Using alcohol to cope with distress was associated with increased drinking during the early stages of the COVID-19 pandemic, according to a new study. Adults experiencing greater depression or lower social connectedness, and those with children under age 18, were among those at risk for drinking to cope. The COVID-19 pandemic brought extensive disruptions to daily life, involving elevated stress among the general public. This increased the likelihood of people using alcohol to cope, a motive linked to solitary drinking, heavier drinking, and alcohol-related problems. At the same time, social distancing and closures meant that access to healthier supports, such as counseling and recreation, was reduced. The study in Alcoholism: Clinical and Experimental Research explored adult drinkers’ use of alcohol to cope with distress during the early pandemic, with the goal of informing interventions to address long-term alcohol-related harms.
Motivational theories of alcohol use emphasize individuals’ varying reasons for drinking, including internal distress. Researchers applied this lens to data supplied by 320 Canadian adult drinkers recruited online. The participants took surveys assessing their drinking frequency and quantity over a 30-day period beginning soon after public health measures were implemented, and the preceding 30 days. They also reported on demographic factors, and influences known to be associated with drinking as a coping mechanism or considered likely to increase that risk. These including changes in work hours and income, having children at home, anxiety about health, depression, social connectedness, drinking alone, and alcohol-related problems. Researchers used statistical modeling to explore associations between these influences.
Overall, participants’ reported total alcohol consumption was fairly steady compared to the previous month, although some people reported increased drinking while others reported decreased drinking. Using alcohol to cope with distress was associated with increased drinking and greater alcohol problems during the early stage of COVID-19. The risk was most notable among participants with greater depression or lower social connectedness. It also affected those with a child under 18 living at home, in line with previous evidence of parenting stress linked to both drinking to cope and the pandemic. Although people who lost income reported increased alcohol use early in the pandemic, this was not explained by drinking to cope.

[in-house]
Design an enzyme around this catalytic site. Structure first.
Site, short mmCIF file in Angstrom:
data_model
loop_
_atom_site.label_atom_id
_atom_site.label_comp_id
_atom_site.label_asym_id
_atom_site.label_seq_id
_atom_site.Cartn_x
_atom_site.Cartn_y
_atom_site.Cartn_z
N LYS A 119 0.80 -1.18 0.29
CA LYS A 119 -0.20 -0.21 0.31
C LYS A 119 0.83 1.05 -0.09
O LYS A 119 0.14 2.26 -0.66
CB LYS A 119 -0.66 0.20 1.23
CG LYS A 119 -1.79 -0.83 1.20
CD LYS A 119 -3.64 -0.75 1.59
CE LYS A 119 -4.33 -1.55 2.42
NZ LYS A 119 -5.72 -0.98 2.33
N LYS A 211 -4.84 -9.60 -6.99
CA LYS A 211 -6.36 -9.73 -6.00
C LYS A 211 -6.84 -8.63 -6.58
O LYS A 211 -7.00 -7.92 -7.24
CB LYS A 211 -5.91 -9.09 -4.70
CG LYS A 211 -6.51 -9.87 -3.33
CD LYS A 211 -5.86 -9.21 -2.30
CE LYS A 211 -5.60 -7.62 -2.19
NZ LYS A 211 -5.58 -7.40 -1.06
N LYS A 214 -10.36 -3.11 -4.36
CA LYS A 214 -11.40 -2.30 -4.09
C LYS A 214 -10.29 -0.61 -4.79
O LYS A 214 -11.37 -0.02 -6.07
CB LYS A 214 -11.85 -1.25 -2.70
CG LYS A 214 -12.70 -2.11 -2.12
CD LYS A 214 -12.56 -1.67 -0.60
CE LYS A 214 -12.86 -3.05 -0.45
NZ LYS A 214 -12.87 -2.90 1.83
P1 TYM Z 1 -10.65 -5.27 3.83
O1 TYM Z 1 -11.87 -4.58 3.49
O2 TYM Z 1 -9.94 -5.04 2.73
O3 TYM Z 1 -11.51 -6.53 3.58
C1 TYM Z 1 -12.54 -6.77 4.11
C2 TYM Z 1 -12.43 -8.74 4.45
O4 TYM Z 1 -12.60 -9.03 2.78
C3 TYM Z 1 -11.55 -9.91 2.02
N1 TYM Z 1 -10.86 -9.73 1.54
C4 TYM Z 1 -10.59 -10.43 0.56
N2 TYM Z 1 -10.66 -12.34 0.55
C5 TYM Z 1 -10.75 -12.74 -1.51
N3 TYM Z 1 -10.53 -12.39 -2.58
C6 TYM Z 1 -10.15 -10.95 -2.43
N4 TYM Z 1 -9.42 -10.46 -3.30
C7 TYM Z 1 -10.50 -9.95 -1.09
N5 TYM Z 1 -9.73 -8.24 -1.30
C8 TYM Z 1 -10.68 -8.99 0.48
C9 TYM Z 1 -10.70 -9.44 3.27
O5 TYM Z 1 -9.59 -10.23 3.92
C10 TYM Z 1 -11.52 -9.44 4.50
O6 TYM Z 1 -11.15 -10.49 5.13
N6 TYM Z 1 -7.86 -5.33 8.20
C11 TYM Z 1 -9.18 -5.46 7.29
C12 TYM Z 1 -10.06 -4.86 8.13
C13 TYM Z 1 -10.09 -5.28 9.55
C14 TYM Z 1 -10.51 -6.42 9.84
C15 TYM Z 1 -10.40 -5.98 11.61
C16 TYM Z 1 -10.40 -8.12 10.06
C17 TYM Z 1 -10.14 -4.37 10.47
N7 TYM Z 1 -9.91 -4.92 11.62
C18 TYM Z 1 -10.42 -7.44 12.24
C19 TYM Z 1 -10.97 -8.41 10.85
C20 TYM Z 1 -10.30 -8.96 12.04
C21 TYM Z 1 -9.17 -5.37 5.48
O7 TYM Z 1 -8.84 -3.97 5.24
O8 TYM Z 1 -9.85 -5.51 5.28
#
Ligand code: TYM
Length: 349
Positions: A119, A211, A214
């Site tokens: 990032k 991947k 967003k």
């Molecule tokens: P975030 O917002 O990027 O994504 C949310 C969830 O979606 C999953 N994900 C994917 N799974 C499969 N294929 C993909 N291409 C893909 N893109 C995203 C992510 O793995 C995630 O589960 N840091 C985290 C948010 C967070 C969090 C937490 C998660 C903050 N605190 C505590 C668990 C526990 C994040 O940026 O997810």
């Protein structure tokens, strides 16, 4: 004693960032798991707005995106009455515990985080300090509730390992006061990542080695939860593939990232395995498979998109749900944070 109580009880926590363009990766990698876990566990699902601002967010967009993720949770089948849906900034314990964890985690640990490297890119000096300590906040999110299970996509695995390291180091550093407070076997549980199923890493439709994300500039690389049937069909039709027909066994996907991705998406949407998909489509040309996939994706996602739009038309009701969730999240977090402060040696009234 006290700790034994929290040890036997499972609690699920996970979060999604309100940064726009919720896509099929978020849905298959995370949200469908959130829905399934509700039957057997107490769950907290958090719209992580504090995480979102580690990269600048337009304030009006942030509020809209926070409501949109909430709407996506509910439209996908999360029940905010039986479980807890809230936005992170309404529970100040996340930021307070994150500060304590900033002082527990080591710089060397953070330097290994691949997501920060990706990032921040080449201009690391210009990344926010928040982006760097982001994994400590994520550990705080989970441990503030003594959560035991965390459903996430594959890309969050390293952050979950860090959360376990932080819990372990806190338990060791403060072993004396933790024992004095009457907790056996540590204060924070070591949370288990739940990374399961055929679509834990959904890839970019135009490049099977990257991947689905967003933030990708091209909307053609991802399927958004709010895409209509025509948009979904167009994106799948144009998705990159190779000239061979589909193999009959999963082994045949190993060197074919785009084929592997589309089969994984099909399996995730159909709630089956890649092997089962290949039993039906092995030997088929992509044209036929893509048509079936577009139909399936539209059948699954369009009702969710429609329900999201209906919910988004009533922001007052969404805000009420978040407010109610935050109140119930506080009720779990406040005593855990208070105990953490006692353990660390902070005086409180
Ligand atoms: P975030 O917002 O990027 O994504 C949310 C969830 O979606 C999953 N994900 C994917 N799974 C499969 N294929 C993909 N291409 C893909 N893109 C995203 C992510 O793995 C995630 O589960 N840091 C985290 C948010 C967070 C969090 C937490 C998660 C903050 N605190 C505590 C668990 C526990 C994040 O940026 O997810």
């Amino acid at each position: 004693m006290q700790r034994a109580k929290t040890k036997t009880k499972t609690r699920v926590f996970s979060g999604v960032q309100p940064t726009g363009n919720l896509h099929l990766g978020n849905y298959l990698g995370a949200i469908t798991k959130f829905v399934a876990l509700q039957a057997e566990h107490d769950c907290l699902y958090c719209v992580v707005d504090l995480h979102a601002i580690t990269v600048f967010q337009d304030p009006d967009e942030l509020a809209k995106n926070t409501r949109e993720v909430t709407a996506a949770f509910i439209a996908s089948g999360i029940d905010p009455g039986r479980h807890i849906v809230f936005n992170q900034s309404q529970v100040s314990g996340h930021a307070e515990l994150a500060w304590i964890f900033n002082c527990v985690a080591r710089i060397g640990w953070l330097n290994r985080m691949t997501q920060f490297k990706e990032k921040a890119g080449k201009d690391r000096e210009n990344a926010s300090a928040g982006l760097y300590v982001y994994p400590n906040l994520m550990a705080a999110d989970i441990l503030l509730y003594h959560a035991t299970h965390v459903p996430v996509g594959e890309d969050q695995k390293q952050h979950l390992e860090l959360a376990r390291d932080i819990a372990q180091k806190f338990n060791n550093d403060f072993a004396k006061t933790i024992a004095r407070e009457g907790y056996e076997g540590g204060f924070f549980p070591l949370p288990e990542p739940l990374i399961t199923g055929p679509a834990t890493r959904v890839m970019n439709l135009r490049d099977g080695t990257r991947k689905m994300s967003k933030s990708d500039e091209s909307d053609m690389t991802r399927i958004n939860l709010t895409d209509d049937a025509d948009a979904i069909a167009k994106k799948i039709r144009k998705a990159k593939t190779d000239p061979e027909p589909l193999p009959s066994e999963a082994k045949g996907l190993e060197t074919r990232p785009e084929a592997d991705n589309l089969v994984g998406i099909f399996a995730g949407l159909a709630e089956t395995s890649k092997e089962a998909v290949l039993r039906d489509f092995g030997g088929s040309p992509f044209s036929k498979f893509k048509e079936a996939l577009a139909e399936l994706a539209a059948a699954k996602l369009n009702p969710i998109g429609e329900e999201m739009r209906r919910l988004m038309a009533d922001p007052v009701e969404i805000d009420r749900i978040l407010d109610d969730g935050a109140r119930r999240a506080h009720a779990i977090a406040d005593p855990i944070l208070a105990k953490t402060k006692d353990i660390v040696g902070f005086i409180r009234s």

Solitary alcohol use, a behavior linked with alcohol problems, also increased (drinking in virtual social contexts was not considered solitary). However, increased solitary drinking was linked to situational factors (such as living alone) rather than drinking to cope. Men and people belonging to racial or ethnic minority groups were also more likely to report increased solitary drinking.
The study highlights the importance of addressing coping-motivated drinking among depressed or socially isolated people and parents of children under age 18. The researchers cautioned that the study findings are not necessarily generalizable and are limited by focusing on one point in time. They recommend further investigation involving larger and more diverse samples, and longitudinal research to clarify cause and effect.
Drinking to cope during COVID-19 pandemic: The role of external and internal factors in coping motive pathways to alcohol use, solitary drinking, and alcohol problems. J. Wardell, T. Kempe, K. Rapinda, A. Single, E. Bilevicius, J. Frohlich, C. Hendershot, M. Keough.
Foreign Secretary Shri Harsh Vardhan Shringla on 4 September 2020 delivered a major foreign policy lecture on “The Broad Canvas of Indian Diplomacy during the Pandemic,” during a virtual event organised by Indian Council of World Affairs, one of India’s premier and oldest foreign policy think tanks.
The scale and spread of the event covered the length and breadth of India, with participants from 28 states and 4 union territories. With 2000 registered participants, the lecture was attended by a diverse array of distinguished think-tankers and eminent academics, including deans and vice chancellors of prestigious universities and research centers.